8. Meet the quality requirements
The care you provide, must meet the care quality requirements set by law. You can use this self-test and exception list (in Dutch) to check whether you must meet the requirements of the Care Sector Quality, Complaints, and Disputes Act (Wet kwaliteit, klachten en geschillen zorg, Wkkgz).
Do you fall under the Wkkgz? If so, you must register with the Health Care Inspectorate before you can start. This is mandatory according to the Care Providers Entry Act (Wtza).
Comply with the Wzd in the event of involuntary care
Do you provide involuntary care for patients diagnosed with dementia or a mental disability and fall under the Wkkgz? If so, the Care and Coercion Act (Wet zorg en dwang, Wzd, in Dutch) applies. This law protects patients from the disadvantages of involuntary care. Care for these people must be as voluntary as possible. If there are no alternatives, you must follow the Wzd step-by-step plan (in Dutch). The responsibilities of the Wzd lie with you as a freelancer. You must register with the location register (in Dutch). Registration is necessary to act with care and to evaluate the measure. In addition, you must report each year (in Dutch) to the Health Care and Youth Inspectorate (IGJ).
9. Set your hourly rates
The Dutch Health Care Authority sets maximum rates (in Dutch) for certain independent health care professions. Many health care services are exempt from VAT. Freelancers/self-employed professionals, partners in a company and care agencies use the 21% rate.
10. Draw up general terms and conditions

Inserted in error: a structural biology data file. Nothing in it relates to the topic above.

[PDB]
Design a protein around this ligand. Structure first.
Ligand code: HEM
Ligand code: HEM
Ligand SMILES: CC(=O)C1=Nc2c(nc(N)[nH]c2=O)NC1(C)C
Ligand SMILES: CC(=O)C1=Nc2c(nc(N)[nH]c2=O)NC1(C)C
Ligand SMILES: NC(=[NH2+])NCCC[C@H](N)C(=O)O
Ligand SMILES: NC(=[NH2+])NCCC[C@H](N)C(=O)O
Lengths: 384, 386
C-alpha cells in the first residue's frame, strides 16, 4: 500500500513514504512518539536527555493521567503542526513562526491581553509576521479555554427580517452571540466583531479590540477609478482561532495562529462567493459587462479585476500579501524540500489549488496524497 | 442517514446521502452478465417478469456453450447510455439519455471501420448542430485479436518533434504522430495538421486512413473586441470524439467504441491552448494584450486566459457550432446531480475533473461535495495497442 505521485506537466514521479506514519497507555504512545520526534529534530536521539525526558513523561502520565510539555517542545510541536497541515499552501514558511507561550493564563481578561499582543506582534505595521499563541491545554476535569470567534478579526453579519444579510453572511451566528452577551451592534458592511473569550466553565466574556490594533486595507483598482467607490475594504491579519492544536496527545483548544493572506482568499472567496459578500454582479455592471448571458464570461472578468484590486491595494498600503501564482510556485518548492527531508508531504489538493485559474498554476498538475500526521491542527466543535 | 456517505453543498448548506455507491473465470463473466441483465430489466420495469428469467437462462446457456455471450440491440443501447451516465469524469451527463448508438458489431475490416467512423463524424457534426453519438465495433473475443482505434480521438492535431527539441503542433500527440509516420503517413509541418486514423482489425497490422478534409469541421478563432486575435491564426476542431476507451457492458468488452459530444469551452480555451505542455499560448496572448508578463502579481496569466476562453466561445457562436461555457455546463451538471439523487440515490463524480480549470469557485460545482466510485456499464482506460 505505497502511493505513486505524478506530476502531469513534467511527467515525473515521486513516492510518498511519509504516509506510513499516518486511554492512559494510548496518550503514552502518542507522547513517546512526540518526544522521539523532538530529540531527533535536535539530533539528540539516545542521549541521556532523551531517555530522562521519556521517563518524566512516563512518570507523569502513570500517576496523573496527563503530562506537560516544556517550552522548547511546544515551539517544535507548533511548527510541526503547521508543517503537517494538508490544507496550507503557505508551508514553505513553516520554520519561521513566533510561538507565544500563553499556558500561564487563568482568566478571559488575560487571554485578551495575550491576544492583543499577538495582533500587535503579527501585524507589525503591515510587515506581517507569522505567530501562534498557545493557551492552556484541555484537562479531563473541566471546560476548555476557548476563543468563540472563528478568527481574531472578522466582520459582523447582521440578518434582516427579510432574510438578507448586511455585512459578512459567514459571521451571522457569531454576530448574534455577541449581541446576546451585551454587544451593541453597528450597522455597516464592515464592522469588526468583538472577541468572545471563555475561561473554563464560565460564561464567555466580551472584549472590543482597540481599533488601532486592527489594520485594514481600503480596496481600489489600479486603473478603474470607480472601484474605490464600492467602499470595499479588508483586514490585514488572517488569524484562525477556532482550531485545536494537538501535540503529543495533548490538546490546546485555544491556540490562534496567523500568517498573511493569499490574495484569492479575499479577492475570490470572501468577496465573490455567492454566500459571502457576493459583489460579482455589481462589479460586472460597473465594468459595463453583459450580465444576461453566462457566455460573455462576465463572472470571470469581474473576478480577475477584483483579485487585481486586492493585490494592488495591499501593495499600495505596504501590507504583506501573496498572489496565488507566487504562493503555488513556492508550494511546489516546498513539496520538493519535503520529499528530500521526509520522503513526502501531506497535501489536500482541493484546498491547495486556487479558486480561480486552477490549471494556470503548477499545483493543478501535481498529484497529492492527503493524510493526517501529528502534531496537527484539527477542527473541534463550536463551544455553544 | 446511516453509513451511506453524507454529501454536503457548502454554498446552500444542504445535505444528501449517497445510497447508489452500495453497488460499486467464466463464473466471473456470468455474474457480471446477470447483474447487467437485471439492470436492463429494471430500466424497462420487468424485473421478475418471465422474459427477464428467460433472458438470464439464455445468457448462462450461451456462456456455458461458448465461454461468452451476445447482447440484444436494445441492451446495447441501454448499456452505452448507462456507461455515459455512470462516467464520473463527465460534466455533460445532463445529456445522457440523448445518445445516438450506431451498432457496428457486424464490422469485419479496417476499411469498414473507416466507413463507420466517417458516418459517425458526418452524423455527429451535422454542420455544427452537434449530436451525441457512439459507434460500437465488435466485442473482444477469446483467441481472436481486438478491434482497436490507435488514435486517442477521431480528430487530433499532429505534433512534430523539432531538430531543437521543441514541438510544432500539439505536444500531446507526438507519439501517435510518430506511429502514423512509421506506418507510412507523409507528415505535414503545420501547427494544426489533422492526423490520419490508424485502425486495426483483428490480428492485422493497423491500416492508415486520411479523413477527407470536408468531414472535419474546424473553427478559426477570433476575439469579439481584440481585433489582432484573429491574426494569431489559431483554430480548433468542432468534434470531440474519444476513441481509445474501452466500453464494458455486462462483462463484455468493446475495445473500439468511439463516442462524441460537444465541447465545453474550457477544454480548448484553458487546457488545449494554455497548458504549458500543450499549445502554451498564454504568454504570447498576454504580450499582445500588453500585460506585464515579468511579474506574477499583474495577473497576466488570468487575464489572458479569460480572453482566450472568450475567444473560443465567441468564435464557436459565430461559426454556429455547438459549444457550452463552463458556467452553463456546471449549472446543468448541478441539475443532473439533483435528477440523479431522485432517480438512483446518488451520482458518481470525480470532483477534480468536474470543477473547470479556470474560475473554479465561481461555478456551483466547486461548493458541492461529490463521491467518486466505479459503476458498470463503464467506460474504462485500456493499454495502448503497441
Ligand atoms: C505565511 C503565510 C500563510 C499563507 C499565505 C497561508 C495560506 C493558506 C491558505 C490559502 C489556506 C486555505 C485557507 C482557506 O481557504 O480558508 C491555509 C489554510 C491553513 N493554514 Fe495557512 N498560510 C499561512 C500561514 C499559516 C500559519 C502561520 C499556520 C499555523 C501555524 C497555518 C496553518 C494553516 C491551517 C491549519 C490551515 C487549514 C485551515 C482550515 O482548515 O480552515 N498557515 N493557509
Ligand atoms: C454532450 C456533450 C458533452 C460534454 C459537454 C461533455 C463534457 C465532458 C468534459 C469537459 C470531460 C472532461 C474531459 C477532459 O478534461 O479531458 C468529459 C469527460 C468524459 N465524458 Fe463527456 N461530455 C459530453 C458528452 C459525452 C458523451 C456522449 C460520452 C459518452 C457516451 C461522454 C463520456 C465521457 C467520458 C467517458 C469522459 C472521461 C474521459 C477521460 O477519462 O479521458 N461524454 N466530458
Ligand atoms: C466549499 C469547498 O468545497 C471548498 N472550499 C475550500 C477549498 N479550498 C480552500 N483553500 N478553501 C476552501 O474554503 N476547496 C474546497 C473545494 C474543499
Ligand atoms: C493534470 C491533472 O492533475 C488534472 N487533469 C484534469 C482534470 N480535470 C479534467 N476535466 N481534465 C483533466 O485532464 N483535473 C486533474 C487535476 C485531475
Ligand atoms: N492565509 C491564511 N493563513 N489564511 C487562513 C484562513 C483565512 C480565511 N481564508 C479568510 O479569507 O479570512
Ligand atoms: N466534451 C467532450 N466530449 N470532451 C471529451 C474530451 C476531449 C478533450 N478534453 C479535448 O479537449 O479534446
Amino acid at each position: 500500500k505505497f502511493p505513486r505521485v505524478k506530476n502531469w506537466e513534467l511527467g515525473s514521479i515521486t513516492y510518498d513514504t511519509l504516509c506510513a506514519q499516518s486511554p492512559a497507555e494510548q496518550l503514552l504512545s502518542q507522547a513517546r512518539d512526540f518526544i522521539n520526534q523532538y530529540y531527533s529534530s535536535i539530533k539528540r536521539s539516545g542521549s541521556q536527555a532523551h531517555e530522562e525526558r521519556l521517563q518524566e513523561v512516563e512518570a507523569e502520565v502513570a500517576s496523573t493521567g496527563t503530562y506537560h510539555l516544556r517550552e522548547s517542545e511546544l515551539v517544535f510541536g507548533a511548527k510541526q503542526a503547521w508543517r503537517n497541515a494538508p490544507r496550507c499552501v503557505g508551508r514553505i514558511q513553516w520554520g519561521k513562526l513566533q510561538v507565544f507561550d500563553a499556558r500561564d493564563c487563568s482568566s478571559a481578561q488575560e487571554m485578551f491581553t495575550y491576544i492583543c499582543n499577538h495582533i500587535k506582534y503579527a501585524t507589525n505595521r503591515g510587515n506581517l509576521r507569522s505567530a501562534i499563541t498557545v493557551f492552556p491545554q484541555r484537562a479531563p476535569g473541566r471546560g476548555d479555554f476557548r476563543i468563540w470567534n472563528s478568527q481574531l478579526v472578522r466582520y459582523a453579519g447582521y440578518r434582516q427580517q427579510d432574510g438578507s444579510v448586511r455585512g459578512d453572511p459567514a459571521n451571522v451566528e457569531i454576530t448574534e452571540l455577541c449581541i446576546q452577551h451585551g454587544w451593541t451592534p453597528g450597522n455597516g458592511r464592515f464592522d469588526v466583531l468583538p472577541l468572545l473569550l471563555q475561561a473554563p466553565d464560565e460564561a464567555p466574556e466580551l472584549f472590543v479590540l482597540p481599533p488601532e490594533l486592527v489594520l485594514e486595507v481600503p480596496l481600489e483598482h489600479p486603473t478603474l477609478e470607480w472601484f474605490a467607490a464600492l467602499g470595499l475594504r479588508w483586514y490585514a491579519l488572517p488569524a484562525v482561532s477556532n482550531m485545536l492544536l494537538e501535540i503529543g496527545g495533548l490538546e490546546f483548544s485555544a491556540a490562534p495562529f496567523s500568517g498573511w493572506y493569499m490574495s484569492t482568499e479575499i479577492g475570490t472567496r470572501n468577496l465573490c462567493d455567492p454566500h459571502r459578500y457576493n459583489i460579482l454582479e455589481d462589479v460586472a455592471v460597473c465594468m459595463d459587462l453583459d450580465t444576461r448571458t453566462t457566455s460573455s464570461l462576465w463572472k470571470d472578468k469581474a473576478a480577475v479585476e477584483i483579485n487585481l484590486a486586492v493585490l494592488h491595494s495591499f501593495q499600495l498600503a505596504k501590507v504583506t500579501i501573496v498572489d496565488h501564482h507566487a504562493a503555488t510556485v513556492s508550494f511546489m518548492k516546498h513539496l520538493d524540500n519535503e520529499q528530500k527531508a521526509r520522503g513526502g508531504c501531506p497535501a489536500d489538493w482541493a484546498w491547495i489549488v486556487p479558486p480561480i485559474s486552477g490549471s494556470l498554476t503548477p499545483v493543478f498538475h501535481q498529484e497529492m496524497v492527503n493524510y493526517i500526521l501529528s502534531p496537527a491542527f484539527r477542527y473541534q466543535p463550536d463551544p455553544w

General terms and conditions include rules about payment, delivery times, guarantees and disputes. You can use the specimen terms and conditions drawn up by the Chamber of Commerce (KvK).
11. Take out the insurances you need
You are obliged to take out health insurance in the Netherlands. You also have the option of taking out insurance against a number of other business-related risks:
12. Report your home business
If you plan to run a business from your home, you are normally obliged to report this plan to your local municipality. You must also bear in mind various tax issues.
13. Create a patient file
Health care practitioners are required to keep records for each patient. These records contain various details including the patient’s health and the treatment prescribed by the health care practitioner. Please note: medical data are special personal data, and you need to take measures to keep them safe. Read what to do to comply with the GDPR.
14. Report child abuse and domestic violence
If you are suspecting child abuse or domestic violence, you have to use a reporting code.
15. Avoid false self-employment
As a self-employed professional or freelancer in the Netherlands, you may be in the situation that you work in someone else's practice for a while. The company giving you the assignment is then your business client (N.B.: not to be confused with private individuals, who receive care). The question may arise: are you really self-employed, or is it false self-employment? Check with your client whether you are taking on an assignment as salaried or self-employed. To prove that you are independent, you can use a model agreement between you and your client.
Statistics: self-employment in human health activities
Number of self-employed persons in human health activities.